The term ‘Big Data’ covers virtually all articles about information technology and management information. The candidates for the Dutch BI Award have also shown in recent years that they are serious about Big Data. But what exactly is Big Data? Many, including myself, struggle with the term. There is a lot of confusion about Big Data because there is no generally accepted definition. We all know that it has to deal with large volumes of data involving fast processing time and several different manifestations. This doesn’t say much, because what is a large volume? What is fast and what are several different manifestations?
Different definitions in use
For some, Big Data is properly structured sensor data or machine-generated data, for others this means unstructured text data originating from social media, while others describe it as the semi-structured data contained in, for example, weblogs.
“Big” is a relative concept.
The fact that the word “big” is a relative concept does not make it any easier. Something that is a lot for a European company, may be seen as average for an American company of the same size. And is it really about the volume of data? Or is it more about what we can do with the data, for example, analysis – which has little to do with the volume.
The Vs of Big Data
In order to describe Big Data, the market usually uses the Vs (Volume, Velocity, Variety, Variation, Visibility, Value). I’ve lost count; the more Vs, the less clear the definition. I’d like to say: “enough is enough” and this also applies to data volume.
The result of an analysis is not necessarily better with increased data volume. The quality of data is usually much more important than the amount. Several definitions have now appeared, but I have yet to see an acceptable one. Anyway, there is considerable confusion about the Big Data concept.
What is a Big Data system?
I will try to look at various Big Data systems from different perspectives and to shed light on the Big Data issue. Processing large volumes of data is definitely the most common characteristic of Big Data systems.
But there is another, which is that most such systems combine the features of production systems and BI systems. In essence, any Big Data system is a production system because it collects and stores new data, and is simultaneously a BI system because the new data is not intended to support business process but to analyze it.
Business processes support
By “new data” I mean, primarily, data that has not been previously collected and stored within the organization and is mostly a new type of data. For example: a retailer’s Big Data system collects data from a camera system to find out how customers walk through their store.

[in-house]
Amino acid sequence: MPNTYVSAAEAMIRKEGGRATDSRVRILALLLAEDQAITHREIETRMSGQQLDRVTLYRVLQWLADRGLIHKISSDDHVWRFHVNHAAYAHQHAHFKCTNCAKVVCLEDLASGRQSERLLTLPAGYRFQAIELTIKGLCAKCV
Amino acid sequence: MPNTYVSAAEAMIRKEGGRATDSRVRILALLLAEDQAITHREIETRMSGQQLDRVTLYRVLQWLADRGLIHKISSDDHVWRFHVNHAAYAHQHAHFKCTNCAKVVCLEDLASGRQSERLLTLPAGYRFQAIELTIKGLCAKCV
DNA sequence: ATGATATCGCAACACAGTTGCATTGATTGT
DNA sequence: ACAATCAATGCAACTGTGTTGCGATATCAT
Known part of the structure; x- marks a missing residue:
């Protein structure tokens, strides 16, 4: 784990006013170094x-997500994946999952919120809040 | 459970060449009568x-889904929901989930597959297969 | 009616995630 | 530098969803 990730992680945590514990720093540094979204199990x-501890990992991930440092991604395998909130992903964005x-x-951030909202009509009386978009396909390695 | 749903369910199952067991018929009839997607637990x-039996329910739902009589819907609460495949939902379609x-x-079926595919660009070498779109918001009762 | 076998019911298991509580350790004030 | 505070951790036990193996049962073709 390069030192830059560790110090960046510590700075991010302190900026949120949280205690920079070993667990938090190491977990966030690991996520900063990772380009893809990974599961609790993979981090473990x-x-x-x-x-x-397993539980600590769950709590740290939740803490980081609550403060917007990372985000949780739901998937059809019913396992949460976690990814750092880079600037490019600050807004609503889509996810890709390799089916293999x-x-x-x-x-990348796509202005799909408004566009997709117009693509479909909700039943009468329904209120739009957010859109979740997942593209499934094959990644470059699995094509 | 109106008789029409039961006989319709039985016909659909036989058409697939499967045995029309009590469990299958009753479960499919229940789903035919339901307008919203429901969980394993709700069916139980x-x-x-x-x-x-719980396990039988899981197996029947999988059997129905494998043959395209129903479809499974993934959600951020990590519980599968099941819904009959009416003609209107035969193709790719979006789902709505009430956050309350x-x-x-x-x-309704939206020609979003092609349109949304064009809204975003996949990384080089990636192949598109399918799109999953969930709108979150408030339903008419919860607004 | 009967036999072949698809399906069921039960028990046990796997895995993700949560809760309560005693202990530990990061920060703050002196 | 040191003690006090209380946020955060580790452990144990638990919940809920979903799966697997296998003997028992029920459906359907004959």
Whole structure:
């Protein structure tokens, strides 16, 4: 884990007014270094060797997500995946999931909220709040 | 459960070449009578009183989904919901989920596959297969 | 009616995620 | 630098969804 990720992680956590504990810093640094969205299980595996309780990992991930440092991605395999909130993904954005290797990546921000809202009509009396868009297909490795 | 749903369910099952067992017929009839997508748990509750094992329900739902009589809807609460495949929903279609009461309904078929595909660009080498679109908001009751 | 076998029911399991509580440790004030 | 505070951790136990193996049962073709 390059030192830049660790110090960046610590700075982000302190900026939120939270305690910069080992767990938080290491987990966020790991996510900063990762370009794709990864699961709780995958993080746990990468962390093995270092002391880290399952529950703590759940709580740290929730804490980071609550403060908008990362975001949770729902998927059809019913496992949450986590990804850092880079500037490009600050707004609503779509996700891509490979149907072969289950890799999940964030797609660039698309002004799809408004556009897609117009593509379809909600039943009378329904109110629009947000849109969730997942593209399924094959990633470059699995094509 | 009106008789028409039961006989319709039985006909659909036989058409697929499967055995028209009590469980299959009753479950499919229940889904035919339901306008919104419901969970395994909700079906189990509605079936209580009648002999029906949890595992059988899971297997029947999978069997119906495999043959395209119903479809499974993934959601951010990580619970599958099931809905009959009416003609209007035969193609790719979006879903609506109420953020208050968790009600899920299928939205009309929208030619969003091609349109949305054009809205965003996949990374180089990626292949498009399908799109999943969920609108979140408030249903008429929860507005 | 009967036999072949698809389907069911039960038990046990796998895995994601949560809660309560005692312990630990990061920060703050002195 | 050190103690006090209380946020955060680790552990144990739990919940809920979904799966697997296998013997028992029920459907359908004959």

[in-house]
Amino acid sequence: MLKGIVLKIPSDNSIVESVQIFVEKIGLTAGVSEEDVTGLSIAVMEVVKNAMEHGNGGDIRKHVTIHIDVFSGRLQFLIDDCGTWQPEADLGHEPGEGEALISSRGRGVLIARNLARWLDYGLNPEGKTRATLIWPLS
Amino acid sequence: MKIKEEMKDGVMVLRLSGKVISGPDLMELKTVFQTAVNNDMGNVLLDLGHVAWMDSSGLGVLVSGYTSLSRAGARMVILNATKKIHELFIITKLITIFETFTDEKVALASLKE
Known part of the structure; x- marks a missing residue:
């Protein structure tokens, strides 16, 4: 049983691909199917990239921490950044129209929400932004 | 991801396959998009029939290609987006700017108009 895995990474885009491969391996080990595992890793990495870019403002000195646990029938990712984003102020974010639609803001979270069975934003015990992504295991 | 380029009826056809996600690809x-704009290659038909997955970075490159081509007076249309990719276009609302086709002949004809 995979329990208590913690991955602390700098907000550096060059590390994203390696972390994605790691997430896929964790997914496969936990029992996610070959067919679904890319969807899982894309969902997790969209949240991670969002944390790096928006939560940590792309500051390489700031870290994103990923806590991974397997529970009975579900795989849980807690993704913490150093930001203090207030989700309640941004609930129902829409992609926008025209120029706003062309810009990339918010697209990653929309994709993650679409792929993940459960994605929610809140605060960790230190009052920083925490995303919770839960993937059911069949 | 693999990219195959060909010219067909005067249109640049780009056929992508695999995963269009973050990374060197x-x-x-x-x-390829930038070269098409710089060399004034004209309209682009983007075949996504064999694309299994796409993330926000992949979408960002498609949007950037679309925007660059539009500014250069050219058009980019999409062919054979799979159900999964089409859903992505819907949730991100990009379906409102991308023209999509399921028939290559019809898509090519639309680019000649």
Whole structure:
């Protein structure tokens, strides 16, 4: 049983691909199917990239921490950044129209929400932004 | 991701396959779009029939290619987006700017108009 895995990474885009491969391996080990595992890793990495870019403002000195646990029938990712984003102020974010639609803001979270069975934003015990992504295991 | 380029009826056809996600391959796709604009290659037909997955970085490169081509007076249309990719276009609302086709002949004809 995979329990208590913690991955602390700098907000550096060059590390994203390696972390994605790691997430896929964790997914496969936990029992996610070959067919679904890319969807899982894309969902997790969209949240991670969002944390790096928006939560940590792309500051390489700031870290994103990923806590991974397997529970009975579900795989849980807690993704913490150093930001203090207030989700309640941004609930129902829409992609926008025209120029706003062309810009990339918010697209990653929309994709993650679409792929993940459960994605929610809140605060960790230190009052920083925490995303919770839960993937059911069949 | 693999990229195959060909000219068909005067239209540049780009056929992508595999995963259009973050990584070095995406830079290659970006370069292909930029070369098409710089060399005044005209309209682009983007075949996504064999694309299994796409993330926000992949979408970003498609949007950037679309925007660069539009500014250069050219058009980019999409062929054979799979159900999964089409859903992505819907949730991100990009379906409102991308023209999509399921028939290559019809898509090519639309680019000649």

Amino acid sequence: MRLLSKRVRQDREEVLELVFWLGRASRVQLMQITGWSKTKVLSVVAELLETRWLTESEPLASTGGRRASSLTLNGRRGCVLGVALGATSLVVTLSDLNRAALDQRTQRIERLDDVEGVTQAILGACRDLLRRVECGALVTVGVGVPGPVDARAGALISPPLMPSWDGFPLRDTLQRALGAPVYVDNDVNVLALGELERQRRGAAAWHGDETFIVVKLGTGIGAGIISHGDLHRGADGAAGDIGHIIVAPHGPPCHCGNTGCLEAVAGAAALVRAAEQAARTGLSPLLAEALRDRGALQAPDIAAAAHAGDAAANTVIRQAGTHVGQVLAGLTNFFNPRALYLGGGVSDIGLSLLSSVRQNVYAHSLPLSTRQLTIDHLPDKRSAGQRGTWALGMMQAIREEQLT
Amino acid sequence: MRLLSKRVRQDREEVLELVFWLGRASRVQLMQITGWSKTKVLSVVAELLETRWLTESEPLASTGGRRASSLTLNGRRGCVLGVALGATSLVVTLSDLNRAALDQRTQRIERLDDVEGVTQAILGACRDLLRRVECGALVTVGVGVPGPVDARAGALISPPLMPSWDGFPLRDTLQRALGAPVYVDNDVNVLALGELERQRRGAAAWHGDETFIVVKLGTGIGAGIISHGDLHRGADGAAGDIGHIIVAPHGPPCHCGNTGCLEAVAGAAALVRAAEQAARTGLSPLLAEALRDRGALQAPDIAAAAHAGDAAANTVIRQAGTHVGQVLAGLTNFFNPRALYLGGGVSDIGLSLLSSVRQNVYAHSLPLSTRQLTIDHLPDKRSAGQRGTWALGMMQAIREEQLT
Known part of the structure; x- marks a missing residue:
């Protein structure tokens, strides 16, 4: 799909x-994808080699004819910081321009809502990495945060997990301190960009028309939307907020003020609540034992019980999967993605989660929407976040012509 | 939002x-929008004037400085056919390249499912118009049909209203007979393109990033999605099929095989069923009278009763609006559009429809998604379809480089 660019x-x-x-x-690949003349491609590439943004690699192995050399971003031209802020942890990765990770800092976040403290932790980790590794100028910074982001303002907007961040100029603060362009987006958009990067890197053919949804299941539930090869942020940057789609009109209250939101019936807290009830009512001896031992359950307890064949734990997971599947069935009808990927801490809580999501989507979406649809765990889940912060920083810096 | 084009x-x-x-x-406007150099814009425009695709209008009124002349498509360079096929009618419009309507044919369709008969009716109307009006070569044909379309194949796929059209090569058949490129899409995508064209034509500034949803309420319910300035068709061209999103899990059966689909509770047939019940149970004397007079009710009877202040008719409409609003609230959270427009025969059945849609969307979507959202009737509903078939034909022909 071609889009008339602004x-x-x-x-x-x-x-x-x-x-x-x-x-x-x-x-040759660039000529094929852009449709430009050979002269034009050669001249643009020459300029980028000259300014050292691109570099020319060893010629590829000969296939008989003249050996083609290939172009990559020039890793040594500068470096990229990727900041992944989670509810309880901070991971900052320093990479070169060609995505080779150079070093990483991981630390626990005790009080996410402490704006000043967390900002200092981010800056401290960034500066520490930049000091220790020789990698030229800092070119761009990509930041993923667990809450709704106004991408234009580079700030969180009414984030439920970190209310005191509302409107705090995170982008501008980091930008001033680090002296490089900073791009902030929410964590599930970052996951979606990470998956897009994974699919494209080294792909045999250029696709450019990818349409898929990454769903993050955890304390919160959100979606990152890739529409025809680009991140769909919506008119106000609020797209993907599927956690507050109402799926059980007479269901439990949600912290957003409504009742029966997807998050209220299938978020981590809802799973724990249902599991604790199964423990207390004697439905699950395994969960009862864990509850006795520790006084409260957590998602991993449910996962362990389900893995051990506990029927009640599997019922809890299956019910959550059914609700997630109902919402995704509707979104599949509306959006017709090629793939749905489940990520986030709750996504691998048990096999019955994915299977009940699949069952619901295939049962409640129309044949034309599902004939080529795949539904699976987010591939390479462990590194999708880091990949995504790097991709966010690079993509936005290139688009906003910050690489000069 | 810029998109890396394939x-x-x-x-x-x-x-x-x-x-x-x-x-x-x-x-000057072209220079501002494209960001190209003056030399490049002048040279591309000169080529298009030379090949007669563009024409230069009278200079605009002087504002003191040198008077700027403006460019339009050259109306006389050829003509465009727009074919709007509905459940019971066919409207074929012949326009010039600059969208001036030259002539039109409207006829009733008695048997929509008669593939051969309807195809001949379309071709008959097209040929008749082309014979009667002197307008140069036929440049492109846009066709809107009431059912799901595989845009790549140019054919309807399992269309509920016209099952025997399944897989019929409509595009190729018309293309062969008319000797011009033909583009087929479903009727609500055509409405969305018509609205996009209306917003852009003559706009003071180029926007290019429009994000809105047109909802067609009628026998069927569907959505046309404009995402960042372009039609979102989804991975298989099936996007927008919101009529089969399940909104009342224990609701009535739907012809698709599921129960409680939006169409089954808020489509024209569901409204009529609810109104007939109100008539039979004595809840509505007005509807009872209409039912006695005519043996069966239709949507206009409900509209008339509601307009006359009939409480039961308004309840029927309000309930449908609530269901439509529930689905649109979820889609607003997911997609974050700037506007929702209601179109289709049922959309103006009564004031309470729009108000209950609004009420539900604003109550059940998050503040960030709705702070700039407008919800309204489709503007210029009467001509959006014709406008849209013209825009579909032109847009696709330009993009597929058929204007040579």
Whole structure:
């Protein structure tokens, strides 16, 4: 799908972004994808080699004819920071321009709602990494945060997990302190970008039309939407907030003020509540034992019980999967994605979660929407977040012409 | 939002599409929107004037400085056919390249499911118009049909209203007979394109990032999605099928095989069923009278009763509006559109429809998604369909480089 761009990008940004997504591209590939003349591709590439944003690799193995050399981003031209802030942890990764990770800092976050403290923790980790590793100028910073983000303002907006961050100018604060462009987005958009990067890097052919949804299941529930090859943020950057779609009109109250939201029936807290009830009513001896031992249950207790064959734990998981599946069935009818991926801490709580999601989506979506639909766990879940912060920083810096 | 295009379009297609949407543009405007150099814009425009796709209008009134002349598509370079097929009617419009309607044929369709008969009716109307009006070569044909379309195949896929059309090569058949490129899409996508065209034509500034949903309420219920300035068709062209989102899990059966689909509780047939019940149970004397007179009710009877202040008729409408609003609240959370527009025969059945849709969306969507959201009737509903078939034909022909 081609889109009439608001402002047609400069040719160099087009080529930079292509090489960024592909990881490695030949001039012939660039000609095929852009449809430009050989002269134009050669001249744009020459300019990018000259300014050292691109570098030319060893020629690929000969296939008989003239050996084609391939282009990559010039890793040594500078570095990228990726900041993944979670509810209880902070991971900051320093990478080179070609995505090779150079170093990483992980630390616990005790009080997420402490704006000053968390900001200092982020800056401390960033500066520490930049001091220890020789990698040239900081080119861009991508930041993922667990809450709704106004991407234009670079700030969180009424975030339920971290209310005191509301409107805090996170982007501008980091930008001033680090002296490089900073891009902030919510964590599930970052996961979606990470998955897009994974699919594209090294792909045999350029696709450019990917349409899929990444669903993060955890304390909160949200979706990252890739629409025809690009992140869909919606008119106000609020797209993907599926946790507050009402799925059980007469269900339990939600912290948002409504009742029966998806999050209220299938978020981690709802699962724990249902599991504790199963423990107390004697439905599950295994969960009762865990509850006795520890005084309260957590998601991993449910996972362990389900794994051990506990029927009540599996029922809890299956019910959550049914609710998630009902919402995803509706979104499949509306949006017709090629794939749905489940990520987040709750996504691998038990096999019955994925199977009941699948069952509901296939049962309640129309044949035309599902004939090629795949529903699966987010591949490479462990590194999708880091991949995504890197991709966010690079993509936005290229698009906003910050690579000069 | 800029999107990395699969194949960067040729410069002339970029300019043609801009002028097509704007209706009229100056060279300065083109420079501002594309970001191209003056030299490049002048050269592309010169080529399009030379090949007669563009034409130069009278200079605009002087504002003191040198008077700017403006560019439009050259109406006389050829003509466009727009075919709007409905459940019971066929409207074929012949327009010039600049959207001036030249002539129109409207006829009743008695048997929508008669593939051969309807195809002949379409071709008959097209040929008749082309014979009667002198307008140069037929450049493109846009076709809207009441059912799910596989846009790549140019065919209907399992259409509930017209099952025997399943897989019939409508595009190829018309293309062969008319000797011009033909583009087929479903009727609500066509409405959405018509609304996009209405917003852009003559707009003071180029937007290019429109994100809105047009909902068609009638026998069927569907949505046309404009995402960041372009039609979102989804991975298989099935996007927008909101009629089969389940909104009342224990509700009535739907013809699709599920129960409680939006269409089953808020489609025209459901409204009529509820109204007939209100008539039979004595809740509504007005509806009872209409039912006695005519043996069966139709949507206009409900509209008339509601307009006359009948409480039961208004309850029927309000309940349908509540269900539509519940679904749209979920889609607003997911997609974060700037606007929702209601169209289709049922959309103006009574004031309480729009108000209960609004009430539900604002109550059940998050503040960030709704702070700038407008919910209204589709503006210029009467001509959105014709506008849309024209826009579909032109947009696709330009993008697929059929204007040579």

Or a multinational corporation collects unstructured data from social media to see what people think and write about it. Traditionally, new data is registered and processed by production systems, such as a general ledger, cash management, and claim-processing systems. However, these systems are not designed for analytics, but instead to support business processes.
In fact, no one thought about using them for analytics when they were designed, only for making data entry possible. That’s why it is sometimes extremely difficult to build a BI system that extracts appropriate data to the production databases for analytics or reporting: staging areas must be set up, ETL and replication processes must be designed, and so on.
Big Data systems are hybrid systems
It’s still going on: the developers of new production systems still fail to see that the organization may need to use the data for other purposes, for example, for analysis. In other words, what makes Big Data systems so special is the fact that they are hybrid systems; that is, they are production/BI systems at the same time. I think that this is also what makes Big Data applications so special, and most of them collect enormous amounts of data especially suitable for the required form of analytics.
Maybe we should just redefine the term Big Data. Let’s start with no longer associating the word “big” with a certain amount, but instead – in the tradition of IT – let’s make an acronym out of it: Business Intelligence Generated Data, that’s what BIG Data stands for: data that is specially generated and stored for analysis.
Hence, a BIG Data System is a system that generates, collects, stores, and processes data to support the primary goal of business intelligence. It follows that BIG Data is data that is managed by a BIG Data system. Redefining the term Big Data hopefully clarifies the meaning of this promising category of systems and ends the confusion.
Rick F. van der Lans
is an independent consultant, author, and presenter in the fields of data warehousing, Business Intelligence, application integration, and database technology.